Exclusive Interview : Roger Donaldson


Director of “The World’s Fastest Indian”

In “The World’s Fastest Indian”, Oscar Winner Anthony Hopkins earns his racing stripes playing New Zealander Burt Munro, a man entered his self-made 1920 Indian motorcycle into the land-speed race at Utah’s Bonneville Salt Flats in 1967. CLINT MORRIS talks to the films director, Roger Donaldson.

Cocktail, Species, Dante’s Peak…..you’ve done some great chill-out no brainer films. Love ‘em.
Whatever movie I do, I go for it; I’m never cynical about the kind of movie that it’s going to be. I try and do them as well as I can. I only pick movies that I am interested in. You might say “We’ll what the hell was it about Species that interested you?” – well, it was a great opportunity to explore the whole Search for Extra Terrestrial Project, that Carl Sagan kind of started, and it was a chance to work with great actors like Ben Kingsley, Mike Madsen, Forest Whitaker and Marg Helgenberger.

The Recruit is another film of yours that is highly underrated.
Thank you. The Recruit is a film that I had a lot of fun making. Pacino is one of my all-time favourite actors. You look at every film he’s ever done – and he’s just brilliant as the characters he plays. Even if you don’t like the movie, you don’t get bored because of what Al’s doing in them. It was a very convoluted story, so it was a bit hard to follow, but if you sit through it twice it seems to come together a bit better than it did first-time round. I also enjoyed just researching that movie – I went to the C.I.A.

Dante’s Peak?
I started out as a Geology student in Ballarat so I was always interested in geology, and that was the character’s (Pierce Brosnan played in the film) passion too. I enjoyed making it – just playing with those special effects was great fun.

The World’s Fastest Indian marks the second time you’ve worked with Anthony Hopkins. How was it working with him again?
The one thing about Anthony is that he puts so much effort into the characters he plays, that he starts to become the character. We had a tough time making The Bounty, it was hard going, and we were ready to kill each other. In retrospect, it’s a film we’re both proud of and we’ve both mellowed somewhat. The experience of making this movie was the complete 180-degree of the last one.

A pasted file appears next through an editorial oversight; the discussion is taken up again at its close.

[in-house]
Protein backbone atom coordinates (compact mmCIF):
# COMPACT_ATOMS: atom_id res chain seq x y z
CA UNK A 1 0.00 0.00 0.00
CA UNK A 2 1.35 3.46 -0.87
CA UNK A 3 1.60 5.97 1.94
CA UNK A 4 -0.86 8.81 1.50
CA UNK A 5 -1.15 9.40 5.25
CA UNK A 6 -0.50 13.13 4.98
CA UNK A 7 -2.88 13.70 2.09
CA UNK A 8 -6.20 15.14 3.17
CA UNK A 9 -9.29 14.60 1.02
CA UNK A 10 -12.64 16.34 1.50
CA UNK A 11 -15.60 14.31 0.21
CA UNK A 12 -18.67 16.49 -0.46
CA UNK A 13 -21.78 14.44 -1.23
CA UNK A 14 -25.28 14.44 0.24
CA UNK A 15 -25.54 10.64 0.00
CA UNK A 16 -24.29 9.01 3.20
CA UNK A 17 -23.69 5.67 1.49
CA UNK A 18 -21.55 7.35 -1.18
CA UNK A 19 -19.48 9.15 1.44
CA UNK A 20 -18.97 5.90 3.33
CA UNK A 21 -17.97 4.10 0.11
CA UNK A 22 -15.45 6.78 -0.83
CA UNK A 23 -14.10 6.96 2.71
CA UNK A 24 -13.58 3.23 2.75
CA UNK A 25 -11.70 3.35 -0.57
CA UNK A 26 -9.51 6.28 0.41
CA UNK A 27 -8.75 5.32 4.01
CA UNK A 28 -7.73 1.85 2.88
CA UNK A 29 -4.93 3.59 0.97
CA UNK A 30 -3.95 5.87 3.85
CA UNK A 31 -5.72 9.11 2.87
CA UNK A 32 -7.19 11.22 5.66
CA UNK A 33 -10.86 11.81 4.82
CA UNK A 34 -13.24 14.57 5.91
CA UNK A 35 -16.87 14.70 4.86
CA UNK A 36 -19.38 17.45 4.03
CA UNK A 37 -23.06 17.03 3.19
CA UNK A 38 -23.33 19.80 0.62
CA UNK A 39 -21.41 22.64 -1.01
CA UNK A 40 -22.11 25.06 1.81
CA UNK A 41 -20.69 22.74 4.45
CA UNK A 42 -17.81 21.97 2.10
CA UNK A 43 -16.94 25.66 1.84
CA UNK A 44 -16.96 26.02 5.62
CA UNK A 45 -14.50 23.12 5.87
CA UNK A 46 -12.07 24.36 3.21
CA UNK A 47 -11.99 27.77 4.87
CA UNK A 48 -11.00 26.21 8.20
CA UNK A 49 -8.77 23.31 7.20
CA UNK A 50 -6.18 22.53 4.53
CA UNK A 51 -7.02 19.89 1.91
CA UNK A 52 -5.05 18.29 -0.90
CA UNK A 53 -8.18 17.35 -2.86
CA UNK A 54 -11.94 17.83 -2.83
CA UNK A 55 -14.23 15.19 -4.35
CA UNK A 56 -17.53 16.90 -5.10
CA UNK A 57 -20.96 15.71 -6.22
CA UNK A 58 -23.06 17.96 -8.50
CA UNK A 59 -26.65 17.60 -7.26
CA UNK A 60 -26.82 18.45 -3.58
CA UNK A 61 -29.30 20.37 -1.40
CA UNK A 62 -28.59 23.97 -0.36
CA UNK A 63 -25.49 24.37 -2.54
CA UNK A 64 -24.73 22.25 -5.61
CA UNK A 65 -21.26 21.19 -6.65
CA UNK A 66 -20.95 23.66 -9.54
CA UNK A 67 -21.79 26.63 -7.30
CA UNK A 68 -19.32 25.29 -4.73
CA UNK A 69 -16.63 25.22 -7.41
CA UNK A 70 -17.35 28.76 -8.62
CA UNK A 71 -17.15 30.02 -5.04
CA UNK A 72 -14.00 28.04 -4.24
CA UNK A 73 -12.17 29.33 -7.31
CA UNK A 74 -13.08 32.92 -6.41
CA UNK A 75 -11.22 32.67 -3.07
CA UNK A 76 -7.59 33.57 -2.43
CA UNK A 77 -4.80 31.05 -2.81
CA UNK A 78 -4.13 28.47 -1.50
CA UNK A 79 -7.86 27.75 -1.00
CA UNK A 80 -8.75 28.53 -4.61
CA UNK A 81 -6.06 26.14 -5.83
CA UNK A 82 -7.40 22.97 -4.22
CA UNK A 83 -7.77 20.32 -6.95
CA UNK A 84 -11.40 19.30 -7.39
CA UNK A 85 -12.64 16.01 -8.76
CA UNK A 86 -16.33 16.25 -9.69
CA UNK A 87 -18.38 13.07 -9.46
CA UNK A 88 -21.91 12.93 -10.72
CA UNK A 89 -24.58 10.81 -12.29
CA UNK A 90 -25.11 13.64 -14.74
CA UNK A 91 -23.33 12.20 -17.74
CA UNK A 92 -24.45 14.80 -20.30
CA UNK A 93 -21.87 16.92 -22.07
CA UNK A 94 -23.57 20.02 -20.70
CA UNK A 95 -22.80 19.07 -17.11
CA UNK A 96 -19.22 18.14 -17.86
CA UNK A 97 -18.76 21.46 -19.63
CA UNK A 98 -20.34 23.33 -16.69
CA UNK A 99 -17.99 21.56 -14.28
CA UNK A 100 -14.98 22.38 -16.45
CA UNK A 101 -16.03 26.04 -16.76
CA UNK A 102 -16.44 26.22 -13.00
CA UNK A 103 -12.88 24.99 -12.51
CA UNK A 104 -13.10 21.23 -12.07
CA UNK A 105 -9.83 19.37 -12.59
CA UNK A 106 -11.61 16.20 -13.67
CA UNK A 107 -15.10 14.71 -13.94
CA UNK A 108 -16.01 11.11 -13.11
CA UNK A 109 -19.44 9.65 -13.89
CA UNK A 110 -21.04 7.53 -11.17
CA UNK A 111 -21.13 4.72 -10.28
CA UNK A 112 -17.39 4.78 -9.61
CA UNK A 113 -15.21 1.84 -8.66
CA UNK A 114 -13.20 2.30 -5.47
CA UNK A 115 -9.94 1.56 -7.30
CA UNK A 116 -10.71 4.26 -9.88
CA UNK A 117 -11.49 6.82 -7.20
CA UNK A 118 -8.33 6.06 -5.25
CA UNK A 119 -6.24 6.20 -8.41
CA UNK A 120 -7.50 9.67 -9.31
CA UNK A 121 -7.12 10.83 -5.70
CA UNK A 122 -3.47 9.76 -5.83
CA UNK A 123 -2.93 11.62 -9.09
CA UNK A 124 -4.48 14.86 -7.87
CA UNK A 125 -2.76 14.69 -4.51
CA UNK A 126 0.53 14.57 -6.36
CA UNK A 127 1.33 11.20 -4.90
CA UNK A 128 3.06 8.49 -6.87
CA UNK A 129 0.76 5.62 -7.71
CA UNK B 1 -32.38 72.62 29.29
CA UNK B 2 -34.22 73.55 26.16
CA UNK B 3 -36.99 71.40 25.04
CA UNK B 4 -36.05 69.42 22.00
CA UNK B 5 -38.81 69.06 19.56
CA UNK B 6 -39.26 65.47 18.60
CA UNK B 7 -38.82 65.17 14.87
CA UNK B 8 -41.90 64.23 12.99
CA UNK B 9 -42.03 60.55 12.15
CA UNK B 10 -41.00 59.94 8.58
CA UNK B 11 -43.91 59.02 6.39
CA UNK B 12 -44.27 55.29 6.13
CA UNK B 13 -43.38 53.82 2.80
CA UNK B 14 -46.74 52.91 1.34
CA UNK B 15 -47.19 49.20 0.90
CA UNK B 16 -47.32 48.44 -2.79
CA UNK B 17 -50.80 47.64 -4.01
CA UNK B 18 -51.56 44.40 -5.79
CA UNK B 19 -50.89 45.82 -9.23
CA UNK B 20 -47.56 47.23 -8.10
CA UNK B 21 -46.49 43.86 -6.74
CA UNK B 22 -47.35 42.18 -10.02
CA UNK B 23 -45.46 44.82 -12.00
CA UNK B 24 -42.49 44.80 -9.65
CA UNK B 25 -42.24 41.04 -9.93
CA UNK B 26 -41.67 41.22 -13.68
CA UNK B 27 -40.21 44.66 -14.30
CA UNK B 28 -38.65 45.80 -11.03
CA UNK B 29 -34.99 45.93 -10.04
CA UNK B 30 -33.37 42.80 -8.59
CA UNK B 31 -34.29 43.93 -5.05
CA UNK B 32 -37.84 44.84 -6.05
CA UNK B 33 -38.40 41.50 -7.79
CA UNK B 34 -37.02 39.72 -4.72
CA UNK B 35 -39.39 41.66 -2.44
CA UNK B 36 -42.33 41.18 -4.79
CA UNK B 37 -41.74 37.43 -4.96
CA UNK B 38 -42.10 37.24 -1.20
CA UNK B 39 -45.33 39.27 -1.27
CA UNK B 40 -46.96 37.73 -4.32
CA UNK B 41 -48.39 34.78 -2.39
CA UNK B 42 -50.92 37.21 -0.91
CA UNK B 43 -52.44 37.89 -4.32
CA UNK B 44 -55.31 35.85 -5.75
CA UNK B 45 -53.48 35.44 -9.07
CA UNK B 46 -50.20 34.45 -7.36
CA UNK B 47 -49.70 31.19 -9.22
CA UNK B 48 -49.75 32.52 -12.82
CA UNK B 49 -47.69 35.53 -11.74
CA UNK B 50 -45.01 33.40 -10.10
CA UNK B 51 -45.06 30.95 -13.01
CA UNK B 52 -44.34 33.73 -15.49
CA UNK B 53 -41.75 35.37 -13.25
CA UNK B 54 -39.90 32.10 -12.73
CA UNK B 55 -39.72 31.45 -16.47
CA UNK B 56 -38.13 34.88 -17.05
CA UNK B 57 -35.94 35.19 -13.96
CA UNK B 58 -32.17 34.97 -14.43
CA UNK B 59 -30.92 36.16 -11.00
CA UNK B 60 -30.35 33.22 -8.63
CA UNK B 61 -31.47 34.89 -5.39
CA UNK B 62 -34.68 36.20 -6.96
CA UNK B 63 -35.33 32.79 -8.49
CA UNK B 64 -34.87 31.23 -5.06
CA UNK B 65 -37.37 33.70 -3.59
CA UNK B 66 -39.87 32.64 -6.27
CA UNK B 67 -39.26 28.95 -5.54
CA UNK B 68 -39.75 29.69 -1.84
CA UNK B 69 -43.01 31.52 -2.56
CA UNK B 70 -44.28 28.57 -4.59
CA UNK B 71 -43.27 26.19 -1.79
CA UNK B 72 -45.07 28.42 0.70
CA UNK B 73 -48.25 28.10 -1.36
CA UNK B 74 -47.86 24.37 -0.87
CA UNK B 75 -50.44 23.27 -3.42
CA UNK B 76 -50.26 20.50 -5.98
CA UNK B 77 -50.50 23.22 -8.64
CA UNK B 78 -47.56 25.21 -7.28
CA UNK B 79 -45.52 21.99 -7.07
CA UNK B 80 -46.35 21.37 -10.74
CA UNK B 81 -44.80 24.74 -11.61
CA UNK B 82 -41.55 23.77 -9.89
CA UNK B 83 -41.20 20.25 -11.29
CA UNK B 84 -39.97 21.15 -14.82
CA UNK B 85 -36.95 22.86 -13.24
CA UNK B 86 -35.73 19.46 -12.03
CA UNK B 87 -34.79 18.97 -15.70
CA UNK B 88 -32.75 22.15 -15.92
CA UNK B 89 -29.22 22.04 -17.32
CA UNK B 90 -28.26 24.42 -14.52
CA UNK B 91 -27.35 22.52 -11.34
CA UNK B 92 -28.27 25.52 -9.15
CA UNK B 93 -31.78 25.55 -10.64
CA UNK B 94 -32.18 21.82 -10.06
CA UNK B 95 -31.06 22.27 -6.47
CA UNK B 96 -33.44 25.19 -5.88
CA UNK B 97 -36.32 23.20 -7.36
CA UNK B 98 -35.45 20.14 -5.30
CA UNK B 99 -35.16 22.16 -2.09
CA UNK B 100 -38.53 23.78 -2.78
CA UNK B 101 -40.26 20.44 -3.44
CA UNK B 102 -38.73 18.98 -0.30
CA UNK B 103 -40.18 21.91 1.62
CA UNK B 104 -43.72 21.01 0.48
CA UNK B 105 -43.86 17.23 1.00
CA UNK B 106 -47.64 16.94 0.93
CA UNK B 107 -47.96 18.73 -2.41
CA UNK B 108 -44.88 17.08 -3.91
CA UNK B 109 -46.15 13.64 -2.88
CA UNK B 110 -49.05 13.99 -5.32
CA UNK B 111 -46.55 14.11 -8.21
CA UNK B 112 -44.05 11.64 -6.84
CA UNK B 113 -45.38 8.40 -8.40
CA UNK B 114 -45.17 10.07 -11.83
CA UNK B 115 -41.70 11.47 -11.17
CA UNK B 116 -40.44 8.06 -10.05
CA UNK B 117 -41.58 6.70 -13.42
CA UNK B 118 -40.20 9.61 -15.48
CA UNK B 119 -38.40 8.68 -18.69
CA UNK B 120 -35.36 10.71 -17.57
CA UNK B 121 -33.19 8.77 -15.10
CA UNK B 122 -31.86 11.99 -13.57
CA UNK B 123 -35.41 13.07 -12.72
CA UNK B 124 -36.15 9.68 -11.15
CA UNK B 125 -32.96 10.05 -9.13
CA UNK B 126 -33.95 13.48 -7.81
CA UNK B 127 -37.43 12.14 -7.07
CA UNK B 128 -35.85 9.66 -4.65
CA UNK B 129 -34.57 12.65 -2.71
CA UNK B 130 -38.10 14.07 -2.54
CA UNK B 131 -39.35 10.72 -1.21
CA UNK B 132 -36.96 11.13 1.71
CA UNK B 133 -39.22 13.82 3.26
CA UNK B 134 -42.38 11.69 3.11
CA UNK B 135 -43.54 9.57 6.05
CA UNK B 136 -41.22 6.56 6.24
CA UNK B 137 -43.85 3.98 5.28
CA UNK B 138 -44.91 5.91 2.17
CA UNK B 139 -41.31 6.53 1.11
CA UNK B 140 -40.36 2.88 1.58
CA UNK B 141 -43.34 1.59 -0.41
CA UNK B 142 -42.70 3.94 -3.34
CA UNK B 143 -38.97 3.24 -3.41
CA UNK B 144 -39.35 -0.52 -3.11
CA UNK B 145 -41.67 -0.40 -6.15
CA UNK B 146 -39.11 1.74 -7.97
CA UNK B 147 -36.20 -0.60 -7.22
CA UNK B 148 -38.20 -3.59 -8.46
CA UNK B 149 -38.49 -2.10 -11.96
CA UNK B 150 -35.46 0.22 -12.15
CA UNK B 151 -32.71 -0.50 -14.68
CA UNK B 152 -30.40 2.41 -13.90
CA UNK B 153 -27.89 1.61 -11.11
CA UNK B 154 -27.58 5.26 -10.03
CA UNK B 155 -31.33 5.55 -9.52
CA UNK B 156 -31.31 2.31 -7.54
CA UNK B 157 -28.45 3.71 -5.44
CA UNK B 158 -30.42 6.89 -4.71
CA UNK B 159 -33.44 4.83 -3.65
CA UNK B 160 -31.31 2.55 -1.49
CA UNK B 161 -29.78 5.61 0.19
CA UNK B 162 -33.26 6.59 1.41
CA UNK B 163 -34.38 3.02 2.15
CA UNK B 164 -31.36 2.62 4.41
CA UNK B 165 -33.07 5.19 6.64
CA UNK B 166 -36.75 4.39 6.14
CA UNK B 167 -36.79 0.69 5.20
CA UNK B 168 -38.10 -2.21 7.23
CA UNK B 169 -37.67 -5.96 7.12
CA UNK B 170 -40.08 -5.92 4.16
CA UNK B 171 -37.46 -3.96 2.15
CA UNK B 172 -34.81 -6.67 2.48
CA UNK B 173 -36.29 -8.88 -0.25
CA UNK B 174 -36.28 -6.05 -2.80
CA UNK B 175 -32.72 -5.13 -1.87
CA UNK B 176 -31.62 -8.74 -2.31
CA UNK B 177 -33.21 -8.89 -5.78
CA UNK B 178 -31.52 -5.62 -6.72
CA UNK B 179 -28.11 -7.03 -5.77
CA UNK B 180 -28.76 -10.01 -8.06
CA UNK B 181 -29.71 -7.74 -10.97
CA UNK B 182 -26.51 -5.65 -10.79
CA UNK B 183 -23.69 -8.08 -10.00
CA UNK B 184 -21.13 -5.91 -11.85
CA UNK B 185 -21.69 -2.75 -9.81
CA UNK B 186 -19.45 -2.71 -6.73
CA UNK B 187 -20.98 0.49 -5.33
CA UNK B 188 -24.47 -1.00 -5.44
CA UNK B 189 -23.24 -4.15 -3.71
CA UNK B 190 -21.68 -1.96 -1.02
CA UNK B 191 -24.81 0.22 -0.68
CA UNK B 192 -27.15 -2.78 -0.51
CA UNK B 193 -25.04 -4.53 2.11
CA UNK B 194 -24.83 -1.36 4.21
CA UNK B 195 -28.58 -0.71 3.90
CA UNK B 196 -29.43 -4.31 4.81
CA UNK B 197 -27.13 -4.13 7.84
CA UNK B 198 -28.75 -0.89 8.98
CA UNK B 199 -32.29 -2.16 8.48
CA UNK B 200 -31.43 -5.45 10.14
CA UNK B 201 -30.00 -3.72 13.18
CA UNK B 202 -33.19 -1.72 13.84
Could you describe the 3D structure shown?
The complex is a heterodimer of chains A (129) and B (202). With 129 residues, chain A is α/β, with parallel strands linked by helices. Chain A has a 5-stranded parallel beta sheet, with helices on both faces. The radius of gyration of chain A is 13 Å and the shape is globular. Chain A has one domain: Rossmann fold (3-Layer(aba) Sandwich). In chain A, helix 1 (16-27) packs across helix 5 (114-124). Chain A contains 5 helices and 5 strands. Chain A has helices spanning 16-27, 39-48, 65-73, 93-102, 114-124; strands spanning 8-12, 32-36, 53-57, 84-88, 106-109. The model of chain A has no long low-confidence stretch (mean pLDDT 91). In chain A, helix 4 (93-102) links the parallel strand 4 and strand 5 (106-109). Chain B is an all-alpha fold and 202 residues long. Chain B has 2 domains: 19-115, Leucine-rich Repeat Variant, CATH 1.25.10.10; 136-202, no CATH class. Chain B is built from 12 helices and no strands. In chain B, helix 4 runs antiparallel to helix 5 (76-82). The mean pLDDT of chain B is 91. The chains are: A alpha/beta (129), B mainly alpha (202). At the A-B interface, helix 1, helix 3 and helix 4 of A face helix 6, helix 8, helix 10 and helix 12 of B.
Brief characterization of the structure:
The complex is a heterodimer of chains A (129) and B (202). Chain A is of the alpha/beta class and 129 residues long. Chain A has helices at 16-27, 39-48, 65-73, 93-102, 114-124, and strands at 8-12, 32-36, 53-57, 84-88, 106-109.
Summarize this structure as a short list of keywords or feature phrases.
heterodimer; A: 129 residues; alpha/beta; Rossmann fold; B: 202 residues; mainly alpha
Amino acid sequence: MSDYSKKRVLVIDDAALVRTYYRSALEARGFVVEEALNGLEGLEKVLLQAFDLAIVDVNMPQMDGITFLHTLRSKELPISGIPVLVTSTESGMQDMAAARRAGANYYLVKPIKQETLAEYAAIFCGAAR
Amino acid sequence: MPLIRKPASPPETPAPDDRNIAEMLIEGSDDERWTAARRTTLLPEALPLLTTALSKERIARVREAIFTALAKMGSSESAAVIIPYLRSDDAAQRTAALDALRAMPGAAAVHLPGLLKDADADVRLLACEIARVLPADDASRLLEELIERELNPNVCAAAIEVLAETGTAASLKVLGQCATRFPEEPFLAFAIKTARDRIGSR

It’s hard to imagine anyone else playing Burt
It is. It was just a joy watching Tony reading out these words that I had written down – it was very satisfying.

Where did you discover the story?
Many years ago I was crazy about motorbikes and I had heard about this guy, so me and my partner – who I had a business with at the time – tracked him down. We went with him to America and shot a little documentary with him. The guy was just such an eccentric. He was naïve on one hand, and on the other hand, he was as wile as they come. He was genius with what he could do with a bit of metal – he made his own pistons and did fill in the cracks with boot polish – but he was a true eccentric.

How on earth did he ride that thing?
It was very hard – much harder than the one we built for the film. His was very high gear. All the things that happen in the movie like when he crashes it and when he gets third-degree burns – they all happened.

Did Anthony have to ride it?
Oh Yeah. He never had to really ride it as a bike, because it was unrideable really, but he was in there – we just towed him along with special rigs. I couldn’t get in there, let alone ride it.

How was it filming out in Utah?
Incredible. The Salt Lakes, where the land speed races take place, are really quite impressive. You’ve got to go and see speed week – it’s a spectacle. If you’ve got any interest in machinery, you’ve got to front up to see it. When you see cars doing over 400 mp/h – it really is incredible.

The supporting cast were great too.
The one thing you’ll notice about all of my films is that they all have great supporting casts – I make a big effort in casting those parts. I’ll see a hundred actors for one small part, even if he only has five lines in the picture, because I want to have the right guy.

Who played Jim Moffat in the film?
The guy that played Jim Moffat in the film is an old friend of mine is Chris Lawford, son of Peter Lawford. His uncle was JFK. He has just written a book about his life, he’s a great actor, and he was in Thirteen Days too.

You’re working with Anthony on something else now, aren’t you?
I don’t think that’s going to happen [now]. Instead, I’m working on a film that’s set in Ireland and I’d really love to do a film that’s set in Australia. I will put some effort into making that happen.

The Australian Film Industry seems to have found its legs again doesn’t it?
Yes, it does. There have always been good Aussie films out there, they just haven’t travelled. The Dish, for instance, is a film I love – I thought it would have travelled better.